MASK OF PIETY
This is not the first time that Baba Madho Singh, who runs Gurdwara Nanaksar Ishardam within the Harike Wildlife Sanctuary, has courted controversy over wildlife-related matters. On a recent visit to the sanctuary to show migratory birds to schoolkids, former Punjab chief wildlife warden Gurmit Singh, and former additional director, National Wildlife Crime Control Bureau, BS Gurm, of the Nature Conservation Society noticed something amiss in the Baba’s aviary. Vikram Jit Singh writeschandigarh Updated: Feb 23, 2014 12:12 IST
MASK OF PIETY
This is not the first time that Baba Madho Singh, who runs Gurdwara Nanaksar Ishardam within the Harike Wildlife Sanctuary, has courted controversy over wildlife-related matters. On a recent visit to the sanctuary to show migratory birds to schoolkids, former Punjab chief wildlife warden Gurmit Singh, and former additional director, National Wildlife Crime Control Bureau, BS Gurm, of the Nature Conservation Society noticed something amiss in the Baba’s aviary.
The cage situated within the gurdwara premises housed a pair of Alexandrine parakeets, which are wild Indian birds covered under the Wildlife Protection Act, 1972, and whose private possession is banned and punishable.
The cage was mainly housing mutants of the exotic African species, Masked Lovebirds, whose sale and private possession is legal in India. When this writer asked the Baba, he said, "The parakeets had been given to someone to release in the jungle’’.
The Baba did not reveal from where he had procured these parakeets. The illegal possession of parakeets by the Baba had not been taken notice of by the forests and wildlife department.Pic on Right: Red arrows point to parakeets. Gurmit Singh
Divisional forest officer (DFO), wildlife, at Harike, Pritima Shrivastava promised to ‘look into the matter’, and photographs of the caged parakeets have been emailed to her on February 17. However, there has been no response from the department yet.
SURRENDER TO SCHOOLSFive of Chandigarh’s educational institutes have complied with the orders of chief wildlife warden Santosh Kumar to ‘surrender’ wildlife specimens maintained in their laboratories. These are: Carmel Convent, St John’s High School, MCM DAV College for Women, Sacred Heart Senior Secondary School and Ishwar Singh Dev Samaj Senior Secondary School.
Some specimens, such as certain fish species, have been kept out of the purview of the ‘surrender’ as these are not covered by the Wildlife Protection Act, 1972. Kumar says that Sacred Heart was initially not cooperative with the wildlife department in the surrender.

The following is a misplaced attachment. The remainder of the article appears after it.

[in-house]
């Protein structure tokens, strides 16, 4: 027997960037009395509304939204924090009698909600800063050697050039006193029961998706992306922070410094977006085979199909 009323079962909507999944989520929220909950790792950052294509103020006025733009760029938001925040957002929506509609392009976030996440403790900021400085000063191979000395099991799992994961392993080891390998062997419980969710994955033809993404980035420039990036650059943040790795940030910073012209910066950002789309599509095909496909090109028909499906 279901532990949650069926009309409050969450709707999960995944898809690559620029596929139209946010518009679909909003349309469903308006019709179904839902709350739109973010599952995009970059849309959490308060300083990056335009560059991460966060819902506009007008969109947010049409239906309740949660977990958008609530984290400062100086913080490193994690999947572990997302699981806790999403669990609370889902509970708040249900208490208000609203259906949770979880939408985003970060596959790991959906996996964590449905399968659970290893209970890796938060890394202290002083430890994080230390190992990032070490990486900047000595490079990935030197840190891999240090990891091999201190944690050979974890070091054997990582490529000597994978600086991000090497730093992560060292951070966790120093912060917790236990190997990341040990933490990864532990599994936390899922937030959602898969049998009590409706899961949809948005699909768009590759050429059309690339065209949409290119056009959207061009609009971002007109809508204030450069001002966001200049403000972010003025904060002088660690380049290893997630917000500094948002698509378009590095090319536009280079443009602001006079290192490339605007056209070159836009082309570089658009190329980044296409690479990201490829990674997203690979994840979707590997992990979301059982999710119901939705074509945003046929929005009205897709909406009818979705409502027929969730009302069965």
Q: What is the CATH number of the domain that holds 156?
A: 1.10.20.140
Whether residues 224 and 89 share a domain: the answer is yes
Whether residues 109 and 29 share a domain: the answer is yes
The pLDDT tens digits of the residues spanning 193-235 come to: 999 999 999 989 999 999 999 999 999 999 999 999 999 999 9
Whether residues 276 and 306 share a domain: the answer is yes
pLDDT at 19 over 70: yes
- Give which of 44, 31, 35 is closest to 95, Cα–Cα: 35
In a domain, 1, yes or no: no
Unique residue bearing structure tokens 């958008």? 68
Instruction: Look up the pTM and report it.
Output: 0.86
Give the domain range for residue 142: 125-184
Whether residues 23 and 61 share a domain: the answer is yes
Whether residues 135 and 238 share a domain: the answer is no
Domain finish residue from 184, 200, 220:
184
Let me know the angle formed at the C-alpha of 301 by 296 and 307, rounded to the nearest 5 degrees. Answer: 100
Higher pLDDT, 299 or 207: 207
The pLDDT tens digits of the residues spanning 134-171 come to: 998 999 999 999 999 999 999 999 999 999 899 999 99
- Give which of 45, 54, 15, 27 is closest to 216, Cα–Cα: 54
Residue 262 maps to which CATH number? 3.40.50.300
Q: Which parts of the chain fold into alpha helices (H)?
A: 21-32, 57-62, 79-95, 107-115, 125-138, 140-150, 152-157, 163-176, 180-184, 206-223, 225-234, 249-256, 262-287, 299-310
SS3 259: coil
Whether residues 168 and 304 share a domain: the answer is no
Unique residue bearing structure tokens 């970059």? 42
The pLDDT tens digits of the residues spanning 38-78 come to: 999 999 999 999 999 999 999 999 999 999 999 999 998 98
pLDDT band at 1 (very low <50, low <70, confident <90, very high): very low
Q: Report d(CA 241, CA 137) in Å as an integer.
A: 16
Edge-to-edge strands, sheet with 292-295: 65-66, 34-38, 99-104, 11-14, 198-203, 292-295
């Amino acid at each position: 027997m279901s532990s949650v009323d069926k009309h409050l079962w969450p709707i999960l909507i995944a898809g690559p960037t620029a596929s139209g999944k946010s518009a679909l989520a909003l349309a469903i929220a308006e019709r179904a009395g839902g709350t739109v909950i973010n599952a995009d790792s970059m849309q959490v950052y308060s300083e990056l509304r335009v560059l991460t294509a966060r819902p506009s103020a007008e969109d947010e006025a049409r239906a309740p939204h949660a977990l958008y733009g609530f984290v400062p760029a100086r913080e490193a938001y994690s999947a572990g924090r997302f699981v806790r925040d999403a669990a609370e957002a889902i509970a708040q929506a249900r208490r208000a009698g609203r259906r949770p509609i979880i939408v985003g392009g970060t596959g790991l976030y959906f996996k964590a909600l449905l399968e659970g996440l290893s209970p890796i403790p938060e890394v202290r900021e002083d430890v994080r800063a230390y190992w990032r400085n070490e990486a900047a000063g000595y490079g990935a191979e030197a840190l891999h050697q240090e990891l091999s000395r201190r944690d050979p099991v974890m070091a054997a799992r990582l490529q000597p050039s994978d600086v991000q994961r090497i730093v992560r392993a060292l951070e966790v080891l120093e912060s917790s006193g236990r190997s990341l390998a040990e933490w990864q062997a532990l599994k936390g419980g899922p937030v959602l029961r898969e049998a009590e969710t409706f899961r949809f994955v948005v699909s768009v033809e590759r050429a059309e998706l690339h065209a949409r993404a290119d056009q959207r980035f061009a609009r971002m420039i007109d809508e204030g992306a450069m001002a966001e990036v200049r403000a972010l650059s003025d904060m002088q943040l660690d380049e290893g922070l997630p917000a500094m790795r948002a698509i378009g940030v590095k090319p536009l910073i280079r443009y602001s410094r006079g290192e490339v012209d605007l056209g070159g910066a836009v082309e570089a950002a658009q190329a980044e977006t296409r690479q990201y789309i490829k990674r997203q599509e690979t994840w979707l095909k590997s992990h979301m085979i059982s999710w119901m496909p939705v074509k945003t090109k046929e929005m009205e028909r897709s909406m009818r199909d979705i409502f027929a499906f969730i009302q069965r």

What the department has done is that the specimens have been made government property, certificates granted to the schools, and specimens sent back to the possession of the schools to be produced whenever required.
The CBSE directive, as also the initial orders of the UT, seek a surrender to the department. Kumar says that he has written to the ministry of environment and forests seeking a solution for the possession of specimens, and pending that these will remain with the schools. Pic on Right: Preserved cobra hatchlings seized from Agra. SP Yadav
The department is also sending reminders for compliance through the education department to the following schools, which have been tardy in the submission of their specimens: Government Senior Secondary Schools (Mauli Jagran, Sectors 47D, 19C) and Government High Schools (Sectors 46C, 7C).
The issue is significant in light of the raids last year by animal rights NGOs and the police on schools, as well as the arrest on January 31 of Karandeep Brar, director, St. Soldier International Convent School in Phase 7, SAS Nagar, on the grounds of keeping 15 jars of preserved ‘illegal’ wildlife specimens. Illegal specimens are mostly sourced from Agra.
THIS SIDE OF PARADISENature recognises no visual distinctions of beauty and the beast. Birds gobble insects. Spiders may eat beautiful birds. It is all about killing, surviving, mating and ensuring the reproductive success of the species. There is a particular spider, the Giant wood spider or Golden silk orb weaver spider (Nephila pilipes jalorensis), whose female species can grow to a gigantic size.
The females, like in the case of raptors, are larger than males in this spider species. The web of this spider is spectacular, reckoned by some experts to be even stronger than Kevlar. The web is stretched and sticky and can trap birds, such as the Asian paradise flycatcher (see photo) or a Grasshopper warbler.
This spider’s standard diet, though, is grasshoppers, mantises and butterflies. Larger birds trapped in this spider’s web can escape after thrashing about, but not before damaging their own wings, as also the web they were caught in. Smaller birds caught in the web may die and be partially eaten by this spider. (Photo Courtesy: Vikrant Vilas Kopale)
However, other experts contend that the spider may not relish birds being caught in its web as it causes damage. So, this spider may leave insect wings hanging on its web, like scarecrows or a skull and crossbones warning sign, to deter birds that venture close.